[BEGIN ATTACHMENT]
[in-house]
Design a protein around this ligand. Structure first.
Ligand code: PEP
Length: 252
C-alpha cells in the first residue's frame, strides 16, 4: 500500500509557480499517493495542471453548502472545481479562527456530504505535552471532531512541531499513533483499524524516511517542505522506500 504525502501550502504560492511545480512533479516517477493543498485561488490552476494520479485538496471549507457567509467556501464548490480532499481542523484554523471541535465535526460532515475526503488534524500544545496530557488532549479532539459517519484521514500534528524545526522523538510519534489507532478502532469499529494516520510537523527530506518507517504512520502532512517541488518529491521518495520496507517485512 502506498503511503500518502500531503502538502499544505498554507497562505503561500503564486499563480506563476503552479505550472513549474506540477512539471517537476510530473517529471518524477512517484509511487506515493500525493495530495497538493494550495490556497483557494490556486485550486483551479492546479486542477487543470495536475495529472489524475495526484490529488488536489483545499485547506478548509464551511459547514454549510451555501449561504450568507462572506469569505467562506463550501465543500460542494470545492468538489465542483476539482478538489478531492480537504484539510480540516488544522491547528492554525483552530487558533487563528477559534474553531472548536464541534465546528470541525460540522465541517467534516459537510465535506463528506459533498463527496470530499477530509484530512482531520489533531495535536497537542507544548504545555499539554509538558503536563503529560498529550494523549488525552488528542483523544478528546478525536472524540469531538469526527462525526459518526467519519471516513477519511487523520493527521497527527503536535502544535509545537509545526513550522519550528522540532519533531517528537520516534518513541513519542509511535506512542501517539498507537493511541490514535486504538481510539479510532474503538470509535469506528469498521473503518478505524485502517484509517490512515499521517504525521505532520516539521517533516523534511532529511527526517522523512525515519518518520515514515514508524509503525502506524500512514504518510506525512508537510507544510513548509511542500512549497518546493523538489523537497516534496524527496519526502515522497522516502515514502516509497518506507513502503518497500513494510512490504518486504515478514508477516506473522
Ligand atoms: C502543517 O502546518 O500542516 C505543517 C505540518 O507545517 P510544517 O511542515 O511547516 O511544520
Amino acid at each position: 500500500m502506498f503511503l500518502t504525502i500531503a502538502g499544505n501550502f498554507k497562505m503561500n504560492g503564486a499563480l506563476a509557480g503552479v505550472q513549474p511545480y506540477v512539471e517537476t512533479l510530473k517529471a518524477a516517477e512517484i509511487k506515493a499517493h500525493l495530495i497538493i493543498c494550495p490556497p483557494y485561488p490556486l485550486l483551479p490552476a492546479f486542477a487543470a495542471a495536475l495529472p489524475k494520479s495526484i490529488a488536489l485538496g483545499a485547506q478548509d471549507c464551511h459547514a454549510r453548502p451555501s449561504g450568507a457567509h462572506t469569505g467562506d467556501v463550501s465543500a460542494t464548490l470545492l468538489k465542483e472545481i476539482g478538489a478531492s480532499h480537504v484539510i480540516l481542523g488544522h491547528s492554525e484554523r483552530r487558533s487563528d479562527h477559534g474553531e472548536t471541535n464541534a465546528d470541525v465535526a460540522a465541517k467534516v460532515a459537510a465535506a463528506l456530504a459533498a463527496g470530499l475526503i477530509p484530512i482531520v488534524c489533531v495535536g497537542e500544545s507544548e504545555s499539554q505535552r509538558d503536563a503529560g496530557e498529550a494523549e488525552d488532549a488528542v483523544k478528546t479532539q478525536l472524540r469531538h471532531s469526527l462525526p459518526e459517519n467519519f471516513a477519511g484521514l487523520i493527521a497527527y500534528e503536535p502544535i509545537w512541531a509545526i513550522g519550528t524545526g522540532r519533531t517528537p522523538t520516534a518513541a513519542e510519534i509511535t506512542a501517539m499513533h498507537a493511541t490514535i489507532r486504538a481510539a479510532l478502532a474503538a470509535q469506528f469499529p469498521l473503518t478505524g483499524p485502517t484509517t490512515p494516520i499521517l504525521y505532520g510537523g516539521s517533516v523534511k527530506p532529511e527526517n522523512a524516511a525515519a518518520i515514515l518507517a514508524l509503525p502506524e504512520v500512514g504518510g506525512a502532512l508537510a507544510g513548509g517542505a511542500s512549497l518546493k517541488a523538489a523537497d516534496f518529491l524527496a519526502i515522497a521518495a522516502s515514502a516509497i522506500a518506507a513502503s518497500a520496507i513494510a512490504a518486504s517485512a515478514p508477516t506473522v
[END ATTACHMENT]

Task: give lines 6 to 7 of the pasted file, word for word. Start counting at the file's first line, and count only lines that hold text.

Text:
Ligand atoms: C502543517 O502546518 O500542516 C505543517 C505540518 O507545517 P510544517 O511542515 O511547516 O511544520
Amino acid at each position: 500500500m502506498f503511503l500518502t504525502i500531503a502538502g499544505n501550502f498554507k497562505m503561500n504560492g503564486a499563480l506563476a509557480g503552479v505550472q513549474p511545480y506540477v512539471e517537476t512533479l510530473k517529471a518524477a516517477e512517484i509511487k506515493a499517493h500525493l495530495i497538493i493543498c494550495p490556497p483557494y485561488p490556486l485550486l483551479p490552476a492546479f486542477a487543470a495542471a495536475l495529472p489524475k494520479s495526484i490529488a488536489l485538496g483545499a485547506q478548509d471549507c464551511h459547514a454549510r453548502p451555501s449561504g450568507a457567509h462572506t469569505g467562506d467556501v463550501s465543500a460542494t464548490l470545492l468538489k465542483e472545481i476539482g478538489a478531492s480532499h480537504v484539510i480540516l481542523g488544522h491547528s492554525e484554523r483552530r487558533s487563528d479562527h477559534g474553531e472548536t471541535n464541534a465546528d470541525v465535526a460540522a465541517k467534516v460532515a459537510a465535506a463528506l456530504a459533498a463527496g470530499l475526503i477530509p484530512i482531520v488534524c489533531v495535536g497537542e500544545s507544548e504545555s499539554q505535552r509538558d503536563a503529560g496530557e498529550a494523549e488525552d488532549a488528542v483523544k478528546t479532539q478525536l472524540r469531538h471532531s469526527l462525526p459518526e459517519n467519519f471516513a477519511g484521514l487523520i493527521a497527527y500534528e503536535p502544535i509545537w512541531a509545526i513550522g519550528t524545526g522540532r519533531t517528537p522523538t520516534a518513541a513519542e510519534i509511535t506512542a501517539m499513533h498507537a493511541t490514535i489507532r486504538a481510539a479510532l478502532a474503538a470509535q469506528f469499529p469498521l473503518t478505524g483499524p485502517t484509517t490512515p494516520i499521517l504525521y505532520g510537523g516539521s517533516v523534511k527530506p532529511e527526517n522523512a524516511a525515519a518518520i515514515l518507517a514508524l509503525p502506524e504512520v500512514g504518510g506525512a502532512l508537510a507544510g513548509g517542505a511542500s512549497l518546493k517541488a523538489a523537497d516534496f518529491l524527496a519526502i515522497a521518495a522516502s515514502a516509497i522506500a518506507a513502503s518497500a520496507i513494510a512490504a518486504s517485512a515478514p508477516t506473522v